Jessica posted her letter, and it made its way to him.
Down across the Mediterranean in Salonika a fellow Brit engaged in the fighting was Private 16248 Arthur Reed, of the Oxford and Bucks Regiment.
He was a dour Scott from Edinburgh who had settled and married in Birmingham in England, where he met his wife Beaty. They had a young family, and he too had fought in the Boar war, just like Antony, and he had picked up the nickname “Soldier” Reed along the way. A little man with a thick moustache, he looked a lot like Field Marshal Montgomery in a later war, and Arthur was to have a rough time of it during the conflict.
He picked up Malaria, a reoccurring disease that comes back infrequently during your life, and his son Ernie would have to go to the Doctors to get Quinine for his father when he was back in England to treat the condition. He was gassed, and he picked up a dose of battle fatigue.
This was not due to the guns, though, or any kind of enemy barrage. It was due to a pachuting pilot who had been shot down.
The man virtually landed in his arms when his squad were advancing across a field, and in those days when aeroplanes were still so new the shock was incredible. He saw some of the heaviest fighting in the Mediterranean theatre and never spoke of his service afterwards, like many another old soldier who had seen some pretty serious things during their tour of duty.
He wasn’t someone who gravitated to writing letters, and neither was Beatty, but they had the kind of relationship whereby they managed.
Back in England Arthurs future neighbour was a family man called Charles Smith, who hailed from Gloucestershire, and who had also settled in Birmingham with his wife and family.
Charles was well on into middle age and was not considered material to send overseas, and his young family were growing up in the atmosphere of the Empire at War. Two of his eldest sons lied about their age in order to sign up and fight for King and Country, (a common activity in the period), one in the army and one in the navy. His eldest boy Frank was on a dreadnought engaged in fighting the enemy in the North Sea when his ship took a number of direct hits from torpedoes, and sank with virtually everyone on board. His mother Sarah received one of the telegrams from the war office the following day to notify her of her son being missing presumed dead due to enemy activity, and had hardly had time to adjust to the tragic news when he cheekily walked in at that afternoon asking what was for supper. He had survived by clinging to wreckage and was picked up by a fishing boat!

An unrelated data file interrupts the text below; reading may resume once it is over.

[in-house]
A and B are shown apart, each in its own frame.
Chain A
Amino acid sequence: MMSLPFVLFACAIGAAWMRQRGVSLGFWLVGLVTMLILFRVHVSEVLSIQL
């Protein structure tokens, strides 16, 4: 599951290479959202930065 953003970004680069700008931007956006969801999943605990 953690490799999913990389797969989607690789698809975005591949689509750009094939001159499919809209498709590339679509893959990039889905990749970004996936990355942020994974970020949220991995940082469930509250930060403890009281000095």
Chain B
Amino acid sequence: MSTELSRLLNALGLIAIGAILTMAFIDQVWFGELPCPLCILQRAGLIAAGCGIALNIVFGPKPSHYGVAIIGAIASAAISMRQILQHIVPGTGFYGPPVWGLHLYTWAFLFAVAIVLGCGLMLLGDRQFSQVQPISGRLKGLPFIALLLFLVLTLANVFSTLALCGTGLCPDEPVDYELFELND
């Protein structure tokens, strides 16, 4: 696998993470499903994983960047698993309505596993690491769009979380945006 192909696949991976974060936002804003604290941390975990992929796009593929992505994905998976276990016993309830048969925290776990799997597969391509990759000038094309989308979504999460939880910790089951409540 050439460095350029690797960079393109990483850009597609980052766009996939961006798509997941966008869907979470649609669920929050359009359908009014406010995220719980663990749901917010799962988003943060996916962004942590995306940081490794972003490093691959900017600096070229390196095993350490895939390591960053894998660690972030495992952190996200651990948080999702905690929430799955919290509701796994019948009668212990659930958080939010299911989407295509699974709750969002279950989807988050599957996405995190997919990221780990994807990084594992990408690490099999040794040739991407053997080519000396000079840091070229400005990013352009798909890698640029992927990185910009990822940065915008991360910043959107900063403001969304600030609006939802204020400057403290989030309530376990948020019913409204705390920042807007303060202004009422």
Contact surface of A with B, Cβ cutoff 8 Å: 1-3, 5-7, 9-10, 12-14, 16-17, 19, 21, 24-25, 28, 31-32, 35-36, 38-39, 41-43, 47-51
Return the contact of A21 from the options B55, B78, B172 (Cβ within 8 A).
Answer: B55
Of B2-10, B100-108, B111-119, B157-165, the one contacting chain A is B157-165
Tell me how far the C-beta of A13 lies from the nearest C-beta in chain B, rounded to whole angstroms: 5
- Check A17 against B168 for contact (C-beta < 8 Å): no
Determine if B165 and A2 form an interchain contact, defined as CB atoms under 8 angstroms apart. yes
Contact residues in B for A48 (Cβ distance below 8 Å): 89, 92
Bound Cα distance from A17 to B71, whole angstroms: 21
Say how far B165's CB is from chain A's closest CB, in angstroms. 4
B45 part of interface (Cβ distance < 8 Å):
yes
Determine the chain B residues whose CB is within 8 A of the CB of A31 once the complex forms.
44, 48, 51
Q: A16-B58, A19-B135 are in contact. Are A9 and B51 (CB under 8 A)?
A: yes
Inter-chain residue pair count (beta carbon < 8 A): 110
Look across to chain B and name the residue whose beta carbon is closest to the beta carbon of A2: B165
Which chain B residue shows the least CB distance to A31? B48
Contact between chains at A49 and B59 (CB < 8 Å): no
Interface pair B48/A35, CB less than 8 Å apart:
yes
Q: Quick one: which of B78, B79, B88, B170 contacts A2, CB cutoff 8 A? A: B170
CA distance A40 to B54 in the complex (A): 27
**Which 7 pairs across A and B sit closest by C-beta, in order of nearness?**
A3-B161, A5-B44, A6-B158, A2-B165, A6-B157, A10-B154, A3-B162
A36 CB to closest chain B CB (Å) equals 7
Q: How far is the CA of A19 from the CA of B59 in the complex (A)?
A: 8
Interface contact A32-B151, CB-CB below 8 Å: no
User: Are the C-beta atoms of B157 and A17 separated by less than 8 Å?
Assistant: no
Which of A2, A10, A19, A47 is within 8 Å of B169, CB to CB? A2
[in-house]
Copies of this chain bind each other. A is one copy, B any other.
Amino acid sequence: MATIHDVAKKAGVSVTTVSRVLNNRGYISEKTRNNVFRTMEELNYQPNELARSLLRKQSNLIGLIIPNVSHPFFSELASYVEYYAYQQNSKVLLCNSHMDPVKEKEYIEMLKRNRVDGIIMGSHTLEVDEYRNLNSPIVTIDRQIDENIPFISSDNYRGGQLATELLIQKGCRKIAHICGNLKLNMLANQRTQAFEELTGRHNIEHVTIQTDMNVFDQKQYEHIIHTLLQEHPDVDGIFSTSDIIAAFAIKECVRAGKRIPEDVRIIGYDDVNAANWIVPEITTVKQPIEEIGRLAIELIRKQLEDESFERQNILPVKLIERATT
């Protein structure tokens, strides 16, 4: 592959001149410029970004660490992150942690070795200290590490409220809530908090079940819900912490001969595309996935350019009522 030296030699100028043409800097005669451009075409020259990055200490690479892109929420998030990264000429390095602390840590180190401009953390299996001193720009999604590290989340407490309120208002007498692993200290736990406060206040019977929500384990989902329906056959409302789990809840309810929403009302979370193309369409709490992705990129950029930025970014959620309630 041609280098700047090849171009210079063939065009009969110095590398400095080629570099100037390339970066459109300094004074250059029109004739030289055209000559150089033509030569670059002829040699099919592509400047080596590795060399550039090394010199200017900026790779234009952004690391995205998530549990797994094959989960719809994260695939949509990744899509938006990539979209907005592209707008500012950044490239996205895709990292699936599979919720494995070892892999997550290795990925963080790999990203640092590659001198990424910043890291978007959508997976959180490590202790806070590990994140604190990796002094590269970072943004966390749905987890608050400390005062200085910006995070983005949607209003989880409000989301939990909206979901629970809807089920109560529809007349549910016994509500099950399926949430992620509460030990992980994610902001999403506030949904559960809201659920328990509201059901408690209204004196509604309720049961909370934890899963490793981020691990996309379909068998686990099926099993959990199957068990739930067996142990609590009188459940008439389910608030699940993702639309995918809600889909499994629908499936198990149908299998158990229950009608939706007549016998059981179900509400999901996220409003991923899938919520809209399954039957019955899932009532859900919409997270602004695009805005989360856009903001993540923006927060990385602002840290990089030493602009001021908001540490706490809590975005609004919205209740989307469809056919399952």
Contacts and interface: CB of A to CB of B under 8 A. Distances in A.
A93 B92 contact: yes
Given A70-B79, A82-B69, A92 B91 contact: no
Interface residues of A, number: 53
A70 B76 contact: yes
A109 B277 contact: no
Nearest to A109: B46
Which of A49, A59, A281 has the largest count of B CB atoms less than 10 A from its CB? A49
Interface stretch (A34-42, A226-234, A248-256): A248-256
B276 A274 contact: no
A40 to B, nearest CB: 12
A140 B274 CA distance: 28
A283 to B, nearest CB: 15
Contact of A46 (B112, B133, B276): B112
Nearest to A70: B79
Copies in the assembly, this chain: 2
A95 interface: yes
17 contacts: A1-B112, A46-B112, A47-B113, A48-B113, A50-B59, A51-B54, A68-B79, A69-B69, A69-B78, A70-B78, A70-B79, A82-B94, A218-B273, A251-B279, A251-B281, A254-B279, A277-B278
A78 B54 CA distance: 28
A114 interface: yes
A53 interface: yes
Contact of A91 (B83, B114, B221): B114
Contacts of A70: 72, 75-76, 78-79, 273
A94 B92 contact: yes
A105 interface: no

Their daughter Lydia would go on to speak of how when she was a girl she had seen a German Zeppelin hovering over the city of Birmingham in the glaring beam of spotlights during an air raid, and being able to hear the guns as the soldiers tried to shoot the thing down. She also spoke of her Uncle Daniel Smith, a strapping six footer serving in the Coldstream Guards and another veteran of the Boar War; A career soldier, who would visit his brother Charles in Birmingham when he was on leave, and of the tricks he got up to when he was at home on leave from the army.
Letters took a while to get to the front. They had to get across the channel which was bristling with ships engaged in fighting one another, and then makes their way through a country which was fully engaged in fighting off an overbearing foe, who almost won. The recipients had more than likely moved up or down the line, advancing or making strategic withdrawals according to their luck in battle, and the letter might make an eccentric journey up and down the trenches before it found the person who it was addressed to. And a reply had to rely on the same haphazard journey making its way back!
On the ground there were a series of muddy brown streams across the country which were laughingly described on the maps as “Roads” and through this quagmire the men and their correspondence had to make their way and try to fight a major war.
The cynical humour of the men kept them going and a determination to see the whole affair through to the finish. Any great push of the enemy towards the British line was viewed by them in the mischievous attitude of a nanny with a stroppy child, and the mindset of “Now them Frankie, cut out that kicking and screaming, it isn’t going to get you anywhere!”